The name ‘Charlie Michel’ will live on for years
My great-granddaughter, Charlie, is named after her great-grandfather, Charlie Michel. If ever a child is like her namesake, it’s her.
Last year, Charlie joined the Larayo swim team with her sister, Olivia, and her cousins, Addi, Blakely and Dylan. At the first swim meet of the year, her coach, Michelle Jenkins, (a great coach) spoke to the team before the meet. After a short briefing of what was to take place, she asked if there were any questions. Charlie was the only one to raise her hand.
“Yes, Charlie. What’s the problem?”
“I’m just swimming one race tonight – freestyle. I don’t like the backstroke.” (Keep in mind – all swimmers are asked to swim in two events, and sometimes three.)
Charlie swam freestyle, came in last, but finished the race. For her that was it.
The next week there was another swim meet and Charlie said she wanted to swim in two events. In the breaststroke, she came in second to last and her first words were, “It feels good not to be last.” In the backstroke, she finished the race, but came in last.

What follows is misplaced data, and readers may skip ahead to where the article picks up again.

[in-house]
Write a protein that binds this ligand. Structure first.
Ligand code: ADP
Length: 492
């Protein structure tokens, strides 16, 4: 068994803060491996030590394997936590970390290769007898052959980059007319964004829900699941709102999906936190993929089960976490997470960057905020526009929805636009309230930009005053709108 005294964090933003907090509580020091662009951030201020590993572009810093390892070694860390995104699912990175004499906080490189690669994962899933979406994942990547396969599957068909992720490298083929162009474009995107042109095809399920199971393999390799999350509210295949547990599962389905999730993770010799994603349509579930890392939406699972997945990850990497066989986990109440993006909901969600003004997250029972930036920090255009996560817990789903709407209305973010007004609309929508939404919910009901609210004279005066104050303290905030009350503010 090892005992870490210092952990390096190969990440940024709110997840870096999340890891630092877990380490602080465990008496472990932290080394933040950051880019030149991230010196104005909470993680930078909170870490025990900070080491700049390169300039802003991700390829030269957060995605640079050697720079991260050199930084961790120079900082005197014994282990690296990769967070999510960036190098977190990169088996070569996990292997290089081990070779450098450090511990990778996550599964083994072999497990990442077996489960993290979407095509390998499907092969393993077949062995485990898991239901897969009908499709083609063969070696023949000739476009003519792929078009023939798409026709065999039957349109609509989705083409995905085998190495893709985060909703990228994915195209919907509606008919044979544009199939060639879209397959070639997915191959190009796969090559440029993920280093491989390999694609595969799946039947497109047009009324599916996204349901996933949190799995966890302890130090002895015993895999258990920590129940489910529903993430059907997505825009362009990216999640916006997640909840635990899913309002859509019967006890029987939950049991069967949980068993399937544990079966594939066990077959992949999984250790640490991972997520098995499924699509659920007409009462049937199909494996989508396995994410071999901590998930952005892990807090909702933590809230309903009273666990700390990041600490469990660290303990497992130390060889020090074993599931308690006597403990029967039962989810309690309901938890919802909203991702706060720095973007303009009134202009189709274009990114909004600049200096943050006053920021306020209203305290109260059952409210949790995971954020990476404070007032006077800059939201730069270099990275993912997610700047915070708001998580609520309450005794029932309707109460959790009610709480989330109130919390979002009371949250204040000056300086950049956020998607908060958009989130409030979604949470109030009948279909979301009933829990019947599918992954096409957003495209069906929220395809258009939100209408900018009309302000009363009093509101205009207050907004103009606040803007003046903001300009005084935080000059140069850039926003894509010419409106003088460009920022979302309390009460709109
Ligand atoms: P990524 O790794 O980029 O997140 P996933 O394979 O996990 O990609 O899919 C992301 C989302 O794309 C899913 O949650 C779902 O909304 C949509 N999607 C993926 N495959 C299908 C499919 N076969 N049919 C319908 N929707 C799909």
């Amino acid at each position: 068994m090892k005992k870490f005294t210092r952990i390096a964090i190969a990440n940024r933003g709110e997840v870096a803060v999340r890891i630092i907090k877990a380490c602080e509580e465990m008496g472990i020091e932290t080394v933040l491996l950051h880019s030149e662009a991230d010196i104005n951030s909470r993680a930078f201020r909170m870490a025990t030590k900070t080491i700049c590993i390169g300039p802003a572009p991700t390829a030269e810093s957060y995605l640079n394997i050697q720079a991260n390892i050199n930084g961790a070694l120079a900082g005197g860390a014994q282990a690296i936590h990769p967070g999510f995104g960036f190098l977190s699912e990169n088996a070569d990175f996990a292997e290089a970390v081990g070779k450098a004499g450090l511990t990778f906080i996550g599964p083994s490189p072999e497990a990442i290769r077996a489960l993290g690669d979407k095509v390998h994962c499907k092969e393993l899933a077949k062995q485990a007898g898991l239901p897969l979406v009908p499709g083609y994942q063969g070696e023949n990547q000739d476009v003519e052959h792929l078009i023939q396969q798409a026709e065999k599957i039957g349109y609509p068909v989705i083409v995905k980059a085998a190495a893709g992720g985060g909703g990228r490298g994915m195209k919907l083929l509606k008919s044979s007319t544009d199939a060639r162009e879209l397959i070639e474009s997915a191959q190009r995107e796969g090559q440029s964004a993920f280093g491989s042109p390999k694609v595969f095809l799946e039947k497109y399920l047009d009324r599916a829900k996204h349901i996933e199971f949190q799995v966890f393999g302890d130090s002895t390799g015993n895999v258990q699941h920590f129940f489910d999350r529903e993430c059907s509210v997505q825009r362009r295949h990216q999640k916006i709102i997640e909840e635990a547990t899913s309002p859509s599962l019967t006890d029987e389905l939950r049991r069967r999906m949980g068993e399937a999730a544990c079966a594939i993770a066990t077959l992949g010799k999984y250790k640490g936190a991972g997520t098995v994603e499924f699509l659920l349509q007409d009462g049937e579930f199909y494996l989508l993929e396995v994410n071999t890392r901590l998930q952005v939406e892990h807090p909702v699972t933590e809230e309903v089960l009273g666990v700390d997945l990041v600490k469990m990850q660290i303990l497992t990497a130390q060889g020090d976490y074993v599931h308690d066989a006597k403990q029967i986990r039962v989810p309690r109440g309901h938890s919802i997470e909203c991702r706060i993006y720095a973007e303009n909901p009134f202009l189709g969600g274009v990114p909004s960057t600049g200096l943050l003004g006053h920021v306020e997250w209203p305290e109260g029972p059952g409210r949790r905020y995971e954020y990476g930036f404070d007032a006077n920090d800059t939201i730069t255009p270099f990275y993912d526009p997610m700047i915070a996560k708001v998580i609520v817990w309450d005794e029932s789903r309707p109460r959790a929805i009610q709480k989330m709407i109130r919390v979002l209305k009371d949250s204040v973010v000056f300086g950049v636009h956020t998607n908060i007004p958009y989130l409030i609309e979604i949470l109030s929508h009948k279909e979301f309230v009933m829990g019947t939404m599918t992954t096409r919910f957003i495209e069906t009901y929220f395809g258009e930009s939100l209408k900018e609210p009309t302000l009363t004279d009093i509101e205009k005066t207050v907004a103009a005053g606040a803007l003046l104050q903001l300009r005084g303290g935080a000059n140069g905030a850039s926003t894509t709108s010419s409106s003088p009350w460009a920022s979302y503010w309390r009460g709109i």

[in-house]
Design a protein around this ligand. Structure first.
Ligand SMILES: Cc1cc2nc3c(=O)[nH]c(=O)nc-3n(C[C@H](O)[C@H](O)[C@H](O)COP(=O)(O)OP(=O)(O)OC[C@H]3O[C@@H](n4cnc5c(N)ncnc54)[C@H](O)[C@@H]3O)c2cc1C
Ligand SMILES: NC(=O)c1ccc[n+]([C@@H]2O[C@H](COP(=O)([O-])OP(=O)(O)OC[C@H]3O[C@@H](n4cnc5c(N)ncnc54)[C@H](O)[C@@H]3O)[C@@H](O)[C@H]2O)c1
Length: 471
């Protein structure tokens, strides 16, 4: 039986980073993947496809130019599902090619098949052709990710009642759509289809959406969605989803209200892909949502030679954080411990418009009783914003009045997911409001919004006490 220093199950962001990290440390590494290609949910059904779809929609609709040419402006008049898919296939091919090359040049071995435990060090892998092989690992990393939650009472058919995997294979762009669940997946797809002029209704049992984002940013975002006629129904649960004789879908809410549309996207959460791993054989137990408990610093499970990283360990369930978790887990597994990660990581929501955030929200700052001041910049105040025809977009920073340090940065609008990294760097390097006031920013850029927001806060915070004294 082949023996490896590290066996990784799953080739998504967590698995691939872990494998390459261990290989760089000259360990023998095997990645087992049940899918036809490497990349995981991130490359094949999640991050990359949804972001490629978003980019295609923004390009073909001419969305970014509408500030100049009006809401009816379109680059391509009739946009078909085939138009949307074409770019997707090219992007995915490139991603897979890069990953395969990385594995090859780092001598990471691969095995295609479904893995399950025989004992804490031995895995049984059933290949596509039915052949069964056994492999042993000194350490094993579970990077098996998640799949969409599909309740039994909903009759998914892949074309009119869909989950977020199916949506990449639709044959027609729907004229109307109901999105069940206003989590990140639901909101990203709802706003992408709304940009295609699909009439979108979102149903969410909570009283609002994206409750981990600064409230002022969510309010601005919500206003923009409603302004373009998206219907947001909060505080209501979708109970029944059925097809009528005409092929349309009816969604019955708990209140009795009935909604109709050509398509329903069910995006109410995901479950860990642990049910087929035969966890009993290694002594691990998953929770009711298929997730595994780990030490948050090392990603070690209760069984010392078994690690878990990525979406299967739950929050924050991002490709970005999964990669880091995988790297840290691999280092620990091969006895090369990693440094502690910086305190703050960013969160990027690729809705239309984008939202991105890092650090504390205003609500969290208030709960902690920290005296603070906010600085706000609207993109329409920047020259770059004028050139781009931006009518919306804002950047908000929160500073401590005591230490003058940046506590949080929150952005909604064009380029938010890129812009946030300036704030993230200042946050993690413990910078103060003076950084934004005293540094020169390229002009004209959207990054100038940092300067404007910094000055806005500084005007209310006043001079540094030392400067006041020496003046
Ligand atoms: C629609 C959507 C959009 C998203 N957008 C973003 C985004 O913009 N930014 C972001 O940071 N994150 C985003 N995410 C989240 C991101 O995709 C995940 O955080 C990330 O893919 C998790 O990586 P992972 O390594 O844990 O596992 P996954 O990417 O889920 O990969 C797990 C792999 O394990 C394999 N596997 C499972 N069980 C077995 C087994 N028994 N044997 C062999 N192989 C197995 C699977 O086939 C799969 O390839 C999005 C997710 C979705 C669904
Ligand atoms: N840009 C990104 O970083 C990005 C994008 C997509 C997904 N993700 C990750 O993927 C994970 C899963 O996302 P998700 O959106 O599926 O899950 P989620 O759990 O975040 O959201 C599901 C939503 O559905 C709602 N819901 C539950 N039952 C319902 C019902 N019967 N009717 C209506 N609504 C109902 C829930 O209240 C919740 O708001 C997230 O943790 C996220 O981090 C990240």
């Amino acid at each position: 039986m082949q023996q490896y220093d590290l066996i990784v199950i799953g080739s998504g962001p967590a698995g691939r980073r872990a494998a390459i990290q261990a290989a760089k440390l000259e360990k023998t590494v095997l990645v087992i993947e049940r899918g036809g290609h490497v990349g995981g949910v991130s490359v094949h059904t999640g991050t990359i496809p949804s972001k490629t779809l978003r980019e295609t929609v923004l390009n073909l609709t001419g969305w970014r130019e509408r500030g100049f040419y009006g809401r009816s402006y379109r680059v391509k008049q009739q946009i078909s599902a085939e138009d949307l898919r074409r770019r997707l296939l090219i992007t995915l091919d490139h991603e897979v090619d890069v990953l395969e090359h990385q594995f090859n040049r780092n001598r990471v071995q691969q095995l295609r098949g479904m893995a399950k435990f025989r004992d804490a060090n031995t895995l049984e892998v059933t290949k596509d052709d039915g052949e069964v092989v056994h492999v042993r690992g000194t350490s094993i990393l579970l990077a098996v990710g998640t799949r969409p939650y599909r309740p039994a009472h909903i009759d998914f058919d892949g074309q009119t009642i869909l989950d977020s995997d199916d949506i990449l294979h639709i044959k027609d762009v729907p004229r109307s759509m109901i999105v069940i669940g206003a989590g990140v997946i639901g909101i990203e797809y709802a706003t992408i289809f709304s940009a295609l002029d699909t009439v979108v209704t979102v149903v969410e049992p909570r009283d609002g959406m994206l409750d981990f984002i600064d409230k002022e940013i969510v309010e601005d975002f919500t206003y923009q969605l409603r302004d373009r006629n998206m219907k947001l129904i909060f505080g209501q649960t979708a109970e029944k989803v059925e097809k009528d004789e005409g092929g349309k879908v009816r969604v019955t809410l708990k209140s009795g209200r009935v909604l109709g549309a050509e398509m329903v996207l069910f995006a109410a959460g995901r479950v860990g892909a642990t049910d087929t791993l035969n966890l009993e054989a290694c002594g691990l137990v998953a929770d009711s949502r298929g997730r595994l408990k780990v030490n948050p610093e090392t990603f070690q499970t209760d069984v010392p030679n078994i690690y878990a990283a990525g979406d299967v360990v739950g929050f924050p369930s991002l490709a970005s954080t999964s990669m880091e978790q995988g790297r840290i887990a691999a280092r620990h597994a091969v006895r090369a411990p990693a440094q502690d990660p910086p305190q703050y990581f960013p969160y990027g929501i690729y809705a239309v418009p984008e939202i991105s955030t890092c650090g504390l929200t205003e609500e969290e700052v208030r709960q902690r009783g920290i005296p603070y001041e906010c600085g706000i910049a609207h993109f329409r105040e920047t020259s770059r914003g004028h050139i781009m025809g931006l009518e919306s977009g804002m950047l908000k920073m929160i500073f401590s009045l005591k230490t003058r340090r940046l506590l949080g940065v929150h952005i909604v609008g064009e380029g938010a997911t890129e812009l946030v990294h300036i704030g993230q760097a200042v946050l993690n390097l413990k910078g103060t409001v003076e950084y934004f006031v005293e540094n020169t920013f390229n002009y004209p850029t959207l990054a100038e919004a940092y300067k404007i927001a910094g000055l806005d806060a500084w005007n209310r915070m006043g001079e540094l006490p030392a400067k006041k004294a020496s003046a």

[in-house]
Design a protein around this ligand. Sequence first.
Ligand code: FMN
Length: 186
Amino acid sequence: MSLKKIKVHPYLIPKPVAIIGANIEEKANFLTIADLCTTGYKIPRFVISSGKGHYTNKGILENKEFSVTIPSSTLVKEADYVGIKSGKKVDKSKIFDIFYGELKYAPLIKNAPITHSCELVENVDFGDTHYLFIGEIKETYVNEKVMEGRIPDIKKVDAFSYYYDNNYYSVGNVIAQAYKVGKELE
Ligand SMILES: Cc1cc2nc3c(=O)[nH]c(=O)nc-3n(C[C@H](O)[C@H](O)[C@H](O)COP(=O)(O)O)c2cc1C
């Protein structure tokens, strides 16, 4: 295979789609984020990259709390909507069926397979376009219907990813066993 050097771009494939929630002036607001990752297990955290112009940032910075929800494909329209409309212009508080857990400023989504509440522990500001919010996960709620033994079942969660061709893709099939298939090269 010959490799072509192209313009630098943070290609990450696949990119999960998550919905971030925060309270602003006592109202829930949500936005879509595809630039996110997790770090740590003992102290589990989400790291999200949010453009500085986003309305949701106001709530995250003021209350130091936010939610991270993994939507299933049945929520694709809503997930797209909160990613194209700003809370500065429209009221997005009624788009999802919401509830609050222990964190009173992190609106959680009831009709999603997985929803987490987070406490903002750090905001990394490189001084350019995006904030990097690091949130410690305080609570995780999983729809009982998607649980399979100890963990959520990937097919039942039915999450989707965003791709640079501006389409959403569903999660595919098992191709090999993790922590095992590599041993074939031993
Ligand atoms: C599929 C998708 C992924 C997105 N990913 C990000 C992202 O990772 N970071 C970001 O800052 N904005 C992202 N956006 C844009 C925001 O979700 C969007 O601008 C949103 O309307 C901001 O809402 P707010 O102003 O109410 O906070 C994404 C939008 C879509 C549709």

You can imagine our excitement when, this year, she tied for the most points scored in her age group at the Invitational.
Charlie’s great-grandfather and great-grandmother, Claire, died before she was born. When people die, most people, except family members, don’t mention their names after a short period. But believe me, Charlie will see to it that the name “Charlie Michel” lives on for years with many unforgettable memories and rightfully so. He was a veteran of World War II, truly a hero, and a member of a generation that Tom Brokaw referred to in his book as “The Greatest Generation.” He was a credit to his country, his community and, especially, to his family.
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